Oh man oh man oh man!!!
SO...for those not familiar with what I'd name a Peregrine Falcon if I had one for a pet, prepare to be enlightened. Oh yeah, this also has to do with economics and the difficulty in tracking the truth in our otherwise muddy completely centralized economic river. But one of the beacons, the true landmarks that never really falters, is money velocity.
And I know, you're thinking Nolies, I don't care, more jibbity-jabbery about the economy, I've got an Obama smells thread or a Romney eats babies thread to troll, but sit tight because this might just save you some bucks in the not-so-distant-future.
"In just four short years, our “enlightened” policy-makers have slowed money velocity to depths never seen in the Great Depression."
Just divide GDP by M3 and you get velocity, its pretty simple. What isn't simple is accounting for M3 anymore. We all know the Fed has been scooping up bonds left right and center and monotinizing them on the spot to pump into our biggest banks. This was theorized to liquidize the credit markets and bring stability to the retail markets as well as help banks offload the debt load of the housing crisis. In actuality what happened?
Well plain and simple we hit what is known as a liquidity trap (also one of my favorites). I know, at this point most of you are discussing why Romney's hair gives him an strategic advantage, but for those with slightly longer than average attention spans here's what's up. Liquidity traps are caused by the combination of an increase in the money supply (usually in the form of debt), and arbitrarily low interest rates. I say arbitrarily because low rates in a free economy are consistent with the supply/demand of credit.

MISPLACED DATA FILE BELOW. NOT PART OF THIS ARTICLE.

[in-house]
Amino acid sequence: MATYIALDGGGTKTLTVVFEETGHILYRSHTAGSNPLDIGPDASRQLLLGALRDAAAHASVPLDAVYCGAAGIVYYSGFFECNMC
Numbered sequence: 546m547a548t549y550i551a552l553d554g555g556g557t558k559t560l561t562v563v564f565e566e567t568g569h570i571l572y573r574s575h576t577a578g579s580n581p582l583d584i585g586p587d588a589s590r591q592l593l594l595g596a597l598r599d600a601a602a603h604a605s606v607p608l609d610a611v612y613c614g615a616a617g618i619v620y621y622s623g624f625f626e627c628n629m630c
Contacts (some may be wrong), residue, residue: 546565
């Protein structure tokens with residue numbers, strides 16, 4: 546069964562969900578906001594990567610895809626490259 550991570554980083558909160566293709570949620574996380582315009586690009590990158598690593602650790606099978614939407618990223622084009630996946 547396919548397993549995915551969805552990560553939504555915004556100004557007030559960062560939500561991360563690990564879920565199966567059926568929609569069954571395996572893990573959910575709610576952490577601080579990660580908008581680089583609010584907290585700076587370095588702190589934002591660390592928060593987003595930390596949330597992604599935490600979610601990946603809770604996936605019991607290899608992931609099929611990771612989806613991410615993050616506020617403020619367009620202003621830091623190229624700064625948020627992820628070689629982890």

What a liquidity trap is, is effectively, excess capital that has no place to run. It can't go anywhere because it isn't profitable to lend. After the housing bust, what we had was referred to as a "freeze" in the credit markets. Which isn't really true, credit markets are like blood vessels, what you had in the housing bubble was a gaping wound. Capital was effectively disappearing from the equation due to deflationary forces. A liquidity trap is closer to accepting a blood donation without widening any arteries or veins.
This has CATASTROPHIC effects on markets. Staying in a liquidity trap is bad news, coming out of one is bad news, sinking further into one is bad news. The Fed's hands are tied and I fear they may take the worst road. One of increasing interest rates. And while yes, this will soak up SOME liquidity, I think its going to lead to a massive inflationary state.
Banks have no loan demand, so the easy money is not flowing onto main street. I read that the gap between deposits and loans is now 1.7 Trillion. The average has historically been about 100 Billion.
So banks have all this excess liquidity, no loan demand, and as a result they are piling into treasries in volumes never before seen, which drives rates down even further than the artificially low levels that the fed manipulated. What a mess.
It will certainly ruin the future of our children, and likely ours as well. The govenment isn't issuing lots of 30 year debt, it is generally much shorter term, the payments come due, and more short term debt is issued.